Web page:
Academic journal article Papers: Explorations into Children's Literature

Over Her Dead Body: Expelling the Monstrous-Feminine in Touching Earth Lightly

Academic journal article Papers: Explorations into Children's Literature

Over Her Dead Body: Expelling the Monstrous-Feminine in Touching Earth Lightly

Article excerpt

Death and sex/uality are inextricably linked in the Western cultural imagination. The French slang term for 'orgasm' (la petite mort) is said to literally translate as 'little death', for instance, while the 'sex-leading-to-death' motif is pervasive in narrative and aesthetic representations. Although not always consciously articulated, throughout history the most fundamental taboos on human behaviour have also been those concerned with death and sexual functions (McNay 1994, p.41). Much of the work of cultural theorists Sigmund Freud, Georges Bataille and Julia Kristeva intersects around this idea as well. Freudian psychoanalytic theory is based upon the notion that the psychic life of the subject is governed by two antagonistic biological or instinctual urges--one toward reproduction, and the other toward destruction. In Bataille's view, the framework of the law that shapes the subject (the processes of socialisation) is associated with the expulsion of the 'accursed share'--that portion of the self that is bodily and material: forbidden eroticism (incest), excrement, and death (the return to material nature of human life) (Rivkin & Ryan 1998, p.337). An 'aura of death is what denotes passion', Bataille contends (1986, p.20) because at the same time that humanity pushes death away by trying to exclude what is horrifying, it is drawn (or desires) to approach what threatens (Hegarty 2000, pp.61-62). (2) Kristeva makes a similar claim when she argues that erotic pleasure emerges as a symbolic response to the uncontainable threat of mortality. For Kristeva, the erotic is both a reaction to the threat of castration and an attempt to sustain life itself in the face of death (Tanner 1996).

In The Body's Perilous Pleasures, Michele Aaron points out that the combination between pleasure (sexual expression) and danger (potential death) is one that 'seems always to leak out of society's unconscious into its perilous, if ostensibly innocent representations' (1999, p.10). It is over representations of the dead feminine body, however, that this relationship between mortality and sexuality is especially pronounced. Indeed, for centuries, death and Woman have been wedded together so firmly in art and literature that, to appropriate Kerry Mallan's words, we have come to see the deaths of women as 'fatal attractions calling a crowd of onlookers and inviting close inspection' (2002a, p.175). Woman is 'a symptom of death's presence', Elisabeth Bronfen argues, 'precisely because she is the site where the repressed anxiety about death re-emerges in a displaced, disfigured form' (1992, p.215). According to Efrat Tseelon, Woman simultaneously 'serves the dual function of signifying a fear and the defence against' death (1995, p. 101). Woman and death share many characteristics, Tseelon argues: in the same way that the sight of the female body triggers male anxiety of castration, the sight of the dead body triggers anxiety of mortality. Thus, in patriarchal societies, both are mysterious, ambiguous, silent, unrepresentable and a threat to stability, both are the eternal Other, and both are a metaphor of disruption and transgression (1995, p.113).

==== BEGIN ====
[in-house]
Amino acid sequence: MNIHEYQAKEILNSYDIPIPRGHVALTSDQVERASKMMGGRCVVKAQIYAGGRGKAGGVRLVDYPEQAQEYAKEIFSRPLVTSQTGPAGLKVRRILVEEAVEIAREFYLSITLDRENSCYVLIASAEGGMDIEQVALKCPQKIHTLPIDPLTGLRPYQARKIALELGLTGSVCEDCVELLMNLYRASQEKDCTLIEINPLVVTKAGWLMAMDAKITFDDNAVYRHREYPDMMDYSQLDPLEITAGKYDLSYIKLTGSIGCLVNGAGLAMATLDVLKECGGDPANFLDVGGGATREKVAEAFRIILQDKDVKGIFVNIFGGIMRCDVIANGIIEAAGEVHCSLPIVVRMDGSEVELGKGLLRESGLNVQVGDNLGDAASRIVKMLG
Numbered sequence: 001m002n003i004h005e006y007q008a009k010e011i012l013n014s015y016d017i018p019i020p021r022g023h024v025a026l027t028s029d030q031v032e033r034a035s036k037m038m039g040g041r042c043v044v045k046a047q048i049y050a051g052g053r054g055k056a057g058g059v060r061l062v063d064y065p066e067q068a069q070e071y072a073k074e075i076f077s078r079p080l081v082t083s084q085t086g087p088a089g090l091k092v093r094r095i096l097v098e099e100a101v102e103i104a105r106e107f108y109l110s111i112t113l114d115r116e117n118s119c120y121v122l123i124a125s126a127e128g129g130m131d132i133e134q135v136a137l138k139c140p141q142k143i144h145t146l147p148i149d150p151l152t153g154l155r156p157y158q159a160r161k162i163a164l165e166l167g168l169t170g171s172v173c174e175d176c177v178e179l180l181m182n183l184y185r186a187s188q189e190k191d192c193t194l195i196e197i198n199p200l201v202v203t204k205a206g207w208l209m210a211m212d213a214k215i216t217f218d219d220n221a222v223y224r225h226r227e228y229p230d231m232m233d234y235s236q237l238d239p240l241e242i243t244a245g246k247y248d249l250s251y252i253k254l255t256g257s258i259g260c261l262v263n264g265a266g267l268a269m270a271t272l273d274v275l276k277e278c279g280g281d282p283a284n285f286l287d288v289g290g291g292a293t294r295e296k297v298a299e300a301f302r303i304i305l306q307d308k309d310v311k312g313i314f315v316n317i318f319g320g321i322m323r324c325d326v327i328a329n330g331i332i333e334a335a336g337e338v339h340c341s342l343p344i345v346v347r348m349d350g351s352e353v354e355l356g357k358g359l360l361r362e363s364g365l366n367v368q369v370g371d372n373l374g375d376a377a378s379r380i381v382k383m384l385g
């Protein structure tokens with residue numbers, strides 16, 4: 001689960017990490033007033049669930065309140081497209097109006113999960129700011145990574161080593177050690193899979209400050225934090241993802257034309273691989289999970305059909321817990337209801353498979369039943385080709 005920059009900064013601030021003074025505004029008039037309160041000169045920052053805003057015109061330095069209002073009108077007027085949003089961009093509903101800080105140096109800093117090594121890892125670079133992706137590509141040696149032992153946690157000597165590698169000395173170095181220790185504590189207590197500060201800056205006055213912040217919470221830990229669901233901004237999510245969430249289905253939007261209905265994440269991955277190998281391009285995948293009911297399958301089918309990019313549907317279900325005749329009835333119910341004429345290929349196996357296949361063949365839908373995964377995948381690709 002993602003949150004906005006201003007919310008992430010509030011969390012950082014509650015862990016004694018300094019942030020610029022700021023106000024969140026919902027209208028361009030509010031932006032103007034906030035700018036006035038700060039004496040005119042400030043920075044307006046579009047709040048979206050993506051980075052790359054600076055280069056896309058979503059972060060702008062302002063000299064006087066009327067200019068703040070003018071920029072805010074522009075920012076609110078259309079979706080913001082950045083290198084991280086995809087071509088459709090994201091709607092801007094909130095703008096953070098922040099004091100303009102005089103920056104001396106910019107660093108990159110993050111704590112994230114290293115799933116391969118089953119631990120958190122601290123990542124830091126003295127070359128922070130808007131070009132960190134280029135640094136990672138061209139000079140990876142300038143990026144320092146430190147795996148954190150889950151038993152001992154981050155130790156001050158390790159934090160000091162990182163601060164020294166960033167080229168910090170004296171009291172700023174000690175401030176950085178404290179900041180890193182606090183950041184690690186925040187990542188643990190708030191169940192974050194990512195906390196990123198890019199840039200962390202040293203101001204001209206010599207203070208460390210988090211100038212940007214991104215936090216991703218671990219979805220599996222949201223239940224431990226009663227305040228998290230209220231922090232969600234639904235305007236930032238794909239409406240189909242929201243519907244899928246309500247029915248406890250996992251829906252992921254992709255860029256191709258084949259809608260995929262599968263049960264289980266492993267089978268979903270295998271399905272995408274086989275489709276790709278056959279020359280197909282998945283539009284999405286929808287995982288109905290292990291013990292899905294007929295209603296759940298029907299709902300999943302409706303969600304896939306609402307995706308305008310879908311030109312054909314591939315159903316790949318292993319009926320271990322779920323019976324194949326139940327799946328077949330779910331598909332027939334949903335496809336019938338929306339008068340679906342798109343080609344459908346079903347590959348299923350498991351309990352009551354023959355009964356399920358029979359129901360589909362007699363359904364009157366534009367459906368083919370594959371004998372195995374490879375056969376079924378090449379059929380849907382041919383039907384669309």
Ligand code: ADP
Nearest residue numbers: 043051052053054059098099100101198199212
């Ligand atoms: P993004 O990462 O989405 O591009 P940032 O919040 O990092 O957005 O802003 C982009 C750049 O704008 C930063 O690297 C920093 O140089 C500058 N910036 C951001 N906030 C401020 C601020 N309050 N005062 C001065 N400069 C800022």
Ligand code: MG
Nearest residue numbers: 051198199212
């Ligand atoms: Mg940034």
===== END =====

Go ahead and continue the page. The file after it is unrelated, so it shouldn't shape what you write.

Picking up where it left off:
The figure of the female prostitute has always been a pervasive signifier of potential danger, source of infection and fatal punishment in the Judaeo-Christian narrative tradition, for example. Here, cultural anxiety is located in the 'excessive' sexuality of the female, making the death of the prostitute a cure, a punishment, or a way to contain the threat she poses to the heterosex and the patriarchy. As Sander L. Gilman's examination of a variety of nineteenth-century images and texts featuring dead prostitutes suggests, the prostitute's death expiates her 'sins against the male' (1993, p.263). The prostitute's perversion (which is associated too with her relation to capital and the power of money) also constructs her as an 'enemy within the body politic', as corrupt and dangerous, Elisabeth Bronfen and Sarah Webster Goodwin argue--hence the need to have her destroyed (1993, p. …

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